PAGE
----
If you are interested in blogging or want to promote your book, please contactE. B. Davisat email@example.com.
Check out our February author interviews: 2/7-debut author Keenan Powell (Alaskan lawyer), 2/14-Leslie Wheeler (Rattlesnake Hill), 2/21-bestselling author Krista Davis, who unveils a new series, 2/28-Diane Vallere answers my questions about Pajama Frame. Please join us in welcoming these authors to WWK.
Our February Saturday Guest Blogger Schedule: 2/3-Saralyn Richard, 2/10-Kathryn Lane. WWK's Margaret H. Hamilton will blog on 2/17, and Kait Carson on 2/24.
Congratulations to our writers for the following publications:
Shari Randall's"Pets" will be included in Chesapeake Crimes: Fur, Feathers, and Felonies anthology, which will be published in 2018. In the same anthology "Rasputin," KM Rockwood'sshort story, will also bepublished. Her short story "Goldie" will be published in the Busted anthology, which will be released by Level Best Books on April 25th.
In addition, our prolific KM has had the following shorts published as well: "Making Tracks" in Passport to Murder, Bouchercon anthology, October 2017 and "Turkey Underfoot," appears in the anthology The Killer Wore Cranberry: a Fifth Course of Chaos.
Last week for several
nights I stayed awake late because I couldn’t stop reading Hank Phillippi
Ryan’s latest book, What You See. I’m
a big fan of her books, and each one seems to get better and better. But then
that happens in those series in which one gets attached to the main characters.
I bought this book at Malice Domestic
along with far more books than I could read anytime soon. In addition to ones I
bought, there were the free ones in our Malice bags.
When I got home from
Malice, I had a lot of catching up to do with gardening, writing, family events
and other things that needed taken care of. I also belong to two book clubs,
and those books need to be read first. Since I bought the hardcover version of What You See, I couldn’t take it with me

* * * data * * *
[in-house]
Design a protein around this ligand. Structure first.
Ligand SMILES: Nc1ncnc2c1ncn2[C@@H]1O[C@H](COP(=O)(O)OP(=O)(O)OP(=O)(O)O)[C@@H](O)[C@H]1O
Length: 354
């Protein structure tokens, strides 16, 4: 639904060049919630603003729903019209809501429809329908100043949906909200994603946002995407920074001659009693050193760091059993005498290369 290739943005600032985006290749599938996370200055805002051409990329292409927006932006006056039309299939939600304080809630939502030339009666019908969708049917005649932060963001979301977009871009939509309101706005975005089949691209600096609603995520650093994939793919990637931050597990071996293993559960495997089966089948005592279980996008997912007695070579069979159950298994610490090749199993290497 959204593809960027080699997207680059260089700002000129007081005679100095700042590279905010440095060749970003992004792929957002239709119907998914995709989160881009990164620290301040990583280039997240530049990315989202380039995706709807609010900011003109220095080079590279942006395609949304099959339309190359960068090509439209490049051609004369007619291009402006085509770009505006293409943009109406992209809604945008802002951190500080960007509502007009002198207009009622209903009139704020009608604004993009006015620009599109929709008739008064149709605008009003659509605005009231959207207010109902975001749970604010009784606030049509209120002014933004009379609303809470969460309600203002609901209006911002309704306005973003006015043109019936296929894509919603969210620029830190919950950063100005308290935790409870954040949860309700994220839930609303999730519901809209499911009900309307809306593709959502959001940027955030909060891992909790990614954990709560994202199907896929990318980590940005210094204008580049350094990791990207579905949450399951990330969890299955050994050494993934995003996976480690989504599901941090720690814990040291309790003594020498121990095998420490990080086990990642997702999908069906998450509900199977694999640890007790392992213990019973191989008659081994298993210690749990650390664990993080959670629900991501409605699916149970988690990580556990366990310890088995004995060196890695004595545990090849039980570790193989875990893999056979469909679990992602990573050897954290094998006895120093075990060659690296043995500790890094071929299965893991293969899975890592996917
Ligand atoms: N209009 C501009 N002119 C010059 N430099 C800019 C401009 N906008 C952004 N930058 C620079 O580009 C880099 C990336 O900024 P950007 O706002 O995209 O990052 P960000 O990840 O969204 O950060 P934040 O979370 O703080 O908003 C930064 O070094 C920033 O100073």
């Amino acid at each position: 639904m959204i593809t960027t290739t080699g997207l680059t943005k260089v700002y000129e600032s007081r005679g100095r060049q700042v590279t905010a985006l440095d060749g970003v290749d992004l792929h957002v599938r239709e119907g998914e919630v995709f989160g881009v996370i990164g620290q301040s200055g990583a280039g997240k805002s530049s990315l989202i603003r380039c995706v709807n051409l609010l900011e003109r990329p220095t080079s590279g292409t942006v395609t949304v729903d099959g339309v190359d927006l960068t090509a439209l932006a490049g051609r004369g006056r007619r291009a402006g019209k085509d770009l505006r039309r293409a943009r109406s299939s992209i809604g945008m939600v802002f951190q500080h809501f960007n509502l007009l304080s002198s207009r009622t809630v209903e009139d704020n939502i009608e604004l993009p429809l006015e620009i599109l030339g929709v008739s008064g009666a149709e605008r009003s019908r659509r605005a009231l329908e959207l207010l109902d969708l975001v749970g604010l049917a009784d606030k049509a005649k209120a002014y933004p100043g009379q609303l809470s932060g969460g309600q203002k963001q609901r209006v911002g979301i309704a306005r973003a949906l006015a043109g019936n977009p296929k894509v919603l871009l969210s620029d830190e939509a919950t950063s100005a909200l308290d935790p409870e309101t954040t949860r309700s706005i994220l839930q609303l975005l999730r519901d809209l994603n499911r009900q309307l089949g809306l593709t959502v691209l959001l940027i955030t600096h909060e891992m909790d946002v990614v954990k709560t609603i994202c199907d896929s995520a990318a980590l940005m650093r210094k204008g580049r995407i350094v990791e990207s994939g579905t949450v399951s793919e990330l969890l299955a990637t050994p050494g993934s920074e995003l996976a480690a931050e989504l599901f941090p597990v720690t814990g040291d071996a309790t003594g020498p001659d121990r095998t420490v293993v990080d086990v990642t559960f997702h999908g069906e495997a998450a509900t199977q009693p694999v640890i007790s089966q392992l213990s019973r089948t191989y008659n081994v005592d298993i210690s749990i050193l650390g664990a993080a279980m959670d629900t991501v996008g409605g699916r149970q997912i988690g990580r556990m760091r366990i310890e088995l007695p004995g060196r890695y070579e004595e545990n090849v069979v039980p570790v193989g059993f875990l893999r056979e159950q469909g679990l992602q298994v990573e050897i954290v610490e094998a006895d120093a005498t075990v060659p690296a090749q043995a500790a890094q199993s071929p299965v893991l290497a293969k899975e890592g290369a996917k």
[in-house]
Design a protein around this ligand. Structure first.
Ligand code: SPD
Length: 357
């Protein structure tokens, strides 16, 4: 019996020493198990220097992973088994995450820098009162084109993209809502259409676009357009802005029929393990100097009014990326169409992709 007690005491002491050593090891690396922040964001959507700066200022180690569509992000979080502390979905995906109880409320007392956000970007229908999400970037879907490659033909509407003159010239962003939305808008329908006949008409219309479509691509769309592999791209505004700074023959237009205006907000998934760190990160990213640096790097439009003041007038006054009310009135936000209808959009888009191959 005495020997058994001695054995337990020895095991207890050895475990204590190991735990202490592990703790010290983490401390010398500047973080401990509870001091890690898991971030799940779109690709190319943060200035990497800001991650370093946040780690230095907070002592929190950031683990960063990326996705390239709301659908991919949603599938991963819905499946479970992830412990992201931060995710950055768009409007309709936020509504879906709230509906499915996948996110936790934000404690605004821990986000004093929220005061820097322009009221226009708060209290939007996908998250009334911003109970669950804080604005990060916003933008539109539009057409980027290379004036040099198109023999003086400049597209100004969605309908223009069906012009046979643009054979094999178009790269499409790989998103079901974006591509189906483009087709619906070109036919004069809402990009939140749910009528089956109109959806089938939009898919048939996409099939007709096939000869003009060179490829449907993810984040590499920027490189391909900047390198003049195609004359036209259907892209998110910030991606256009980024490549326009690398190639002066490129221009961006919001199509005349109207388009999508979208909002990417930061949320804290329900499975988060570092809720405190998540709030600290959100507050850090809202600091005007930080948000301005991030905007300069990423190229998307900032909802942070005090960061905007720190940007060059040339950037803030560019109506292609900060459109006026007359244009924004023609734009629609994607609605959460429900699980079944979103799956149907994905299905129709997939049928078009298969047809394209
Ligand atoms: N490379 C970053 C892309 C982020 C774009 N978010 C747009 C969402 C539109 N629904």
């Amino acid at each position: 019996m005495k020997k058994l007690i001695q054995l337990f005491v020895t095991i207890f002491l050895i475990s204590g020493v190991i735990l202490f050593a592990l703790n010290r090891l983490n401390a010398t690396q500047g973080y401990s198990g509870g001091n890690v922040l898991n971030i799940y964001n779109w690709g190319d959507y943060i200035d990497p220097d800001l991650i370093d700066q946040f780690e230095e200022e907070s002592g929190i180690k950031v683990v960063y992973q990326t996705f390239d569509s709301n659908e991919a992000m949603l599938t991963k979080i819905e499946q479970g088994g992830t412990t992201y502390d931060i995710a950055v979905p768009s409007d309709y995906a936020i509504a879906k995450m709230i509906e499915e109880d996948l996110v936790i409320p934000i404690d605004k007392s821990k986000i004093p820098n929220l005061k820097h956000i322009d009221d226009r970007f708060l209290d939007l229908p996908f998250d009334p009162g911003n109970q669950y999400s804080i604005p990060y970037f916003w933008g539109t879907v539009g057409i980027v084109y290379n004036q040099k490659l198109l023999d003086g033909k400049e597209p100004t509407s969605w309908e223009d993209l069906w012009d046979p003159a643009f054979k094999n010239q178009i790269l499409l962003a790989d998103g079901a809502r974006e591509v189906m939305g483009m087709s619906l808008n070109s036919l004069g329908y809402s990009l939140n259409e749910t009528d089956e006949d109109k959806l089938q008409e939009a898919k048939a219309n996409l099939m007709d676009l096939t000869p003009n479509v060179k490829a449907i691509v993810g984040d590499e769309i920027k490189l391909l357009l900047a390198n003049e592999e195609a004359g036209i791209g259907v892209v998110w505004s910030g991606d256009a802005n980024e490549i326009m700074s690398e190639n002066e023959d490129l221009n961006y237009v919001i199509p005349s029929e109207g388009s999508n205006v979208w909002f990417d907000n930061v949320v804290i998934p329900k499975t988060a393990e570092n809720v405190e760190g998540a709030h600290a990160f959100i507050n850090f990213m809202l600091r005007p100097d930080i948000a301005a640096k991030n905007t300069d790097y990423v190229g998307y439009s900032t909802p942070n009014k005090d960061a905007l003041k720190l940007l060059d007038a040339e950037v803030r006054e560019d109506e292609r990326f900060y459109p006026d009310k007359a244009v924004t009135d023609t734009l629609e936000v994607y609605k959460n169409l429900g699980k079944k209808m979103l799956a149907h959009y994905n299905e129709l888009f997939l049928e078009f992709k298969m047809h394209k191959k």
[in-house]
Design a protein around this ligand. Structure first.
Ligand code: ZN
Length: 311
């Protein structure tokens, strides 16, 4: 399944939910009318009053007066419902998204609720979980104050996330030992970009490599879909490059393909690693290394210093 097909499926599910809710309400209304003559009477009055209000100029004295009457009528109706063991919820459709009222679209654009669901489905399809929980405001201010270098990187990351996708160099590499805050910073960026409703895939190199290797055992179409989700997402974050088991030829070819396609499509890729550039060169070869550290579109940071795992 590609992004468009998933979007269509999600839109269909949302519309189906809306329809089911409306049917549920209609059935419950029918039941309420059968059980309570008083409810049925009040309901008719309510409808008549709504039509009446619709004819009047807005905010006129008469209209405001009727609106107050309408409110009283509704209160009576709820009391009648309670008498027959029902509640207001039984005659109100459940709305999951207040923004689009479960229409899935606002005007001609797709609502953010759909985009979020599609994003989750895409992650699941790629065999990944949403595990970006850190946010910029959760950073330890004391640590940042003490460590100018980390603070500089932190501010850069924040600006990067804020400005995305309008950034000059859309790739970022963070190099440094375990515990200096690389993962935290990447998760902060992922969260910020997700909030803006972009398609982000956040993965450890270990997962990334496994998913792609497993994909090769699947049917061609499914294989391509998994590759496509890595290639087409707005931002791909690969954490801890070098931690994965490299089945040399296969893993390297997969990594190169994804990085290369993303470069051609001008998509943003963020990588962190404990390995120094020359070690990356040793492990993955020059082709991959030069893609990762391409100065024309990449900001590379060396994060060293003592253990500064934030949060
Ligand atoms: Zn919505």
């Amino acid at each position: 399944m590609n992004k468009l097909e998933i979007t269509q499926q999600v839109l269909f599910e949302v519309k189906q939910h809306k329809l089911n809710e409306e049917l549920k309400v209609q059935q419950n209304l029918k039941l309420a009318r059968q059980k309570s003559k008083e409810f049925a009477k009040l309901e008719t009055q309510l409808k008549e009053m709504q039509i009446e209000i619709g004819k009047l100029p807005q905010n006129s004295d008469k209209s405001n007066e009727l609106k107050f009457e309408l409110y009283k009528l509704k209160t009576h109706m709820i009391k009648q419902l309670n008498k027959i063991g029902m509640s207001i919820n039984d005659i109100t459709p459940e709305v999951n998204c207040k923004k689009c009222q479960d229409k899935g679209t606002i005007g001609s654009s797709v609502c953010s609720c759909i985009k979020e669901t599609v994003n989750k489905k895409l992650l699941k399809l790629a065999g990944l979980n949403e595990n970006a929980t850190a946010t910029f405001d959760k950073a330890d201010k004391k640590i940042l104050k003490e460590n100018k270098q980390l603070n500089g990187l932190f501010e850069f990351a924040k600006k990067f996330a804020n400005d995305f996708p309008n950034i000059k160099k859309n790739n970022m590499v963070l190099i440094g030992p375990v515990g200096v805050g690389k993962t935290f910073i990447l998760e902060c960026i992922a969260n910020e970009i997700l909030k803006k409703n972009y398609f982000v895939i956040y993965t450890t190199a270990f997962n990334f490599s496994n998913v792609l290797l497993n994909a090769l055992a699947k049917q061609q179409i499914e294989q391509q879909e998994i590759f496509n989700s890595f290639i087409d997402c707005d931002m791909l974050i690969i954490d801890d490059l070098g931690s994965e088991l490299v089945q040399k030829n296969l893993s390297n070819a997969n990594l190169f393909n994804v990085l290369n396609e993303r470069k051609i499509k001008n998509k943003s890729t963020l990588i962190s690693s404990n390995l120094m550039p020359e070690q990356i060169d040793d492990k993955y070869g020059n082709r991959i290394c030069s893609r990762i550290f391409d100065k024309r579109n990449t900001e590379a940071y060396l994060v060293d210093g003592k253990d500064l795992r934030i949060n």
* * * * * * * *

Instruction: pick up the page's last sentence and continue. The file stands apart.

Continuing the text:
on my camping trip to the Catskills in June, again delaying its reading.
Finally, I got to it
last week. I almost never read books
during the day, instead saving them for evenings in my nesting chair in the
living room before I head to bed. I also have another book on the stand beside
my bed to read there before going to sleep. I ended up skipping the half-read
book beside my bed and took Hank’s book upstairs to read. Rather than tell you about the book, following
is the blurb on the inside cover:
Ryland’s sister is about to be married, but disaster threatens the wedding when
the groom’s daughter goes missing. The flower girl, nine-year-old Gracie, has
disappeared, along with her stepdad, Lewis. By all accounts, he’s a wonderful
father, and Gracie’s mother doesn’t seem too concerned, but . . . why won’t
Lewis bring her home? Where is Gracie? And is the little girl in danger? Soon
Jane discovers there’s a limit to the bonds of family, and learns to her peril
what happens when loved ones are pushed too far.
Detective Jake Brogan’s handling a doozy of a case. At Boston’s historic
Faneuil Hall, a man is stabbed to death in front of a crowd of tourists who’ve
snapped photos of the murder on their cell phones. Solving the case should be a
slam dunk, but the pictures and surveillance video lead Jake to a twisted
conspiracy of extortion and stolen lives.
no escape from today’s world of constant surveillance, but what if those images
aren’t showing reality? As Jake and Jane race to uncover the dark secrets
hidden in these pictures, they find a shocking truth that will shatter lives forever
. . . including their own”
Not only does Hank
Phillippi Ryan write stories that hook the reader, but because she writes about
what she knows, it becomes real to the readers. Jane Ryland is a temporarily
unemployed reporter – both TV and newspaper. Hank is the investigative reporter
for Boston’s NBC affiliate and has won thirty-three Emmy Awards, and thirteen
Edward R. Murrow Awards for her groundbreaking journalism, as well as a lot of
awards for her fiction. It’s no wonder that the reader can believe in Jane
Ryland. In fact I picture Jane as looking and talking like Hank. The fact that
her books take place in Boston, where she has lived and worked for many years,
makes her books even more believable.
Finally, what really
appeals to me is she writes in multiple points of view. In this book she has
five POVs, with one becoming a victim. The conversations and descriptions of
other characters make them seem real to the reader even if their POV isn’t
there. And, of course, she always ends making the reader want to immediately
read the next book. I hope Hank’s next one will be published soon.
For those of you who
have never met Hank, she is the most amazing person. She is not only extremely
talented, she has been totally involved with Sisters in Crime and was a past
president of SinC, and still is one of the Guppies. She is a founding teacher
at Mystery Writers of America University, and appears at writing events all
over. She manages all this while maintaining her job as an investigative
reporter. I should mention she’s also drop dead gorgeous, very friendly and
open with others, and has a great sense of humor. What amazes me the most though,
is I’m not a very important person being an indie writer with no awards and
nothing that makes me stand out, and yet she always greets me by name when she
sees me at conferences or the few writing events we’ve both attended. Can you
imagine having a memory like that?